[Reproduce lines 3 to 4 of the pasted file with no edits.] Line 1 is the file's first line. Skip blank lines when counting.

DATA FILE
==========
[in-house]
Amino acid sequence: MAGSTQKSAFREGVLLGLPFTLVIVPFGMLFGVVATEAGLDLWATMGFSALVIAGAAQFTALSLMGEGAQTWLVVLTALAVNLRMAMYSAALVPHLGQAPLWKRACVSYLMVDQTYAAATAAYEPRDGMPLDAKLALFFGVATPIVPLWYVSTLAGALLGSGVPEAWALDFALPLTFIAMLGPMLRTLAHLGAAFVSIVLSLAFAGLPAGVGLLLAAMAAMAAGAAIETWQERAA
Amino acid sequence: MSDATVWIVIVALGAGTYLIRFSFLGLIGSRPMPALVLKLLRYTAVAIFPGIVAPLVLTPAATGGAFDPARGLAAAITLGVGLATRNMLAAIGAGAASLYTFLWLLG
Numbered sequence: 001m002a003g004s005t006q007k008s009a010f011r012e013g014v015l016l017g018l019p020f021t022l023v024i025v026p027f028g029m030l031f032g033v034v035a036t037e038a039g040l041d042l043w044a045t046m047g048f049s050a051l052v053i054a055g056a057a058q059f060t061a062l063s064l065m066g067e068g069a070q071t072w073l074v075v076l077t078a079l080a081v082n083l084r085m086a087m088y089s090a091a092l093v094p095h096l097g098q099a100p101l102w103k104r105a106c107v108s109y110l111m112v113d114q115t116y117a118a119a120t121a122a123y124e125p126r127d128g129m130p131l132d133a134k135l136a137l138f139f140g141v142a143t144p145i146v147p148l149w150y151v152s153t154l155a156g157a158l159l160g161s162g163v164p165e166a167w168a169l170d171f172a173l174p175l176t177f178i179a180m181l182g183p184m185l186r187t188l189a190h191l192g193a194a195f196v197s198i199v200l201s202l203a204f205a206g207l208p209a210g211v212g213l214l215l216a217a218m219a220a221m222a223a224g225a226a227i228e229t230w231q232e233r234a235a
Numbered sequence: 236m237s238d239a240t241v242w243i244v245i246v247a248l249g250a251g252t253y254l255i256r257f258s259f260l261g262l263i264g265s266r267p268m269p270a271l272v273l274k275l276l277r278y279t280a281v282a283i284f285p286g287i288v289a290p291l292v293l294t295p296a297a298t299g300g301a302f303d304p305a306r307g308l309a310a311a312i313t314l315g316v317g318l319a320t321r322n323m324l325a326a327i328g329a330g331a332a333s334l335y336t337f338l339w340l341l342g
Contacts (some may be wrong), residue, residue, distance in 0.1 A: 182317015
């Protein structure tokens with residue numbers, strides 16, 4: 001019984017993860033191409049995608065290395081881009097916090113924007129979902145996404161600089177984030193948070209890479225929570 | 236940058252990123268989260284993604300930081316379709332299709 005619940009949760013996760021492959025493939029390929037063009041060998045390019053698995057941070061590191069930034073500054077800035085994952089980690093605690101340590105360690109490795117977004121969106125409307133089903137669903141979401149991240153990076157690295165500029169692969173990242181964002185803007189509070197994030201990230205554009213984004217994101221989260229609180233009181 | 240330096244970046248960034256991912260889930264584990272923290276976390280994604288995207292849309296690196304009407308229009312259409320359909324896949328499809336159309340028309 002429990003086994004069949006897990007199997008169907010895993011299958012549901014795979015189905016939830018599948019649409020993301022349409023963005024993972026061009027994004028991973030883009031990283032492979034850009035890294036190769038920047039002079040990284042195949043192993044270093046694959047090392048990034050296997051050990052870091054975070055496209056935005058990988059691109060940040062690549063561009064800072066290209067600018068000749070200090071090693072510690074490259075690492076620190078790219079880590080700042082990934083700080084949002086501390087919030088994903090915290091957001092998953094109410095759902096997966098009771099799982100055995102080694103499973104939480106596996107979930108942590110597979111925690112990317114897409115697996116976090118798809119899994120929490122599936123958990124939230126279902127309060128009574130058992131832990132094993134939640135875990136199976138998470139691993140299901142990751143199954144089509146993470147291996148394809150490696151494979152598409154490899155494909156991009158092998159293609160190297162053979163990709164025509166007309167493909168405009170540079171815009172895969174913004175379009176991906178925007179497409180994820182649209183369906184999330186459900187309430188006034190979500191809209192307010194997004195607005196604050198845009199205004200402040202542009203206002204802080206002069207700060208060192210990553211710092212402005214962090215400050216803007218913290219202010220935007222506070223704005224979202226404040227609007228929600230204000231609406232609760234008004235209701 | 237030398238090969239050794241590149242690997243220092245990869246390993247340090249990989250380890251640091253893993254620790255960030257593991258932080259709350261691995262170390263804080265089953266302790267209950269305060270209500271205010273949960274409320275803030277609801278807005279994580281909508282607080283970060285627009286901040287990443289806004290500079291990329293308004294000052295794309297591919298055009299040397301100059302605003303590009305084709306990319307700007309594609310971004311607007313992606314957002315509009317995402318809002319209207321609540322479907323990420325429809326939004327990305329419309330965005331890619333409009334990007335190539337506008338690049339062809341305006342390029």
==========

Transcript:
Amino acid sequence: MSDATVWIVIVALGAGTYLIRFSFLGLIGSRPMPALVLKLLRYTAVAIFPGIVAPLVLTPAATGGAFDPARGLAAAITLGVGLATRNMLAAIGAGAASLYTFLWLLG
Numbered sequence: 001m002a003g004s005t006q007k008s009a010f011r012e013g014v015l016l017g018l019p020f021t022l023v024i025v026p027f028g029m030l031f032g033v034v035a036t037e038a039g040l041d042l043w044a045t046m047g048f049s050a051l052v053i054a055g056a057a058q059f060t061a062l063s064l065m066g067e068g069a070q071t072w073l074v075v076l077t078a079l080a081v082n083l084r085m086a087m088y089s090a091a092l093v094p095h096l097g098q099a100p101l102w103k104r105a106c107v108s109y110l111m112v113d114q115t116y117a118a119a120t121a122a123y124e125p126r127d128g129m130p131l132d133a134k135l136a137l138f139f140g141v142a143t144p145i146v147p148l149w150y151v152s153t154l155a156g157a158l159l160g161s162g163v164p165e166a167w168a169l170d171f172a173l174p175l176t177f178i179a180m181l182g183p184m185l186r187t188l189a190h191l192g193a194a195f196v197s198i199v200l201s202l203a204f205a206g207l208p209a210g211v212g213l214l215l216a217a218m219a220a221m222a223a224g225a226a227i228e229t230w231q232e233r234a235a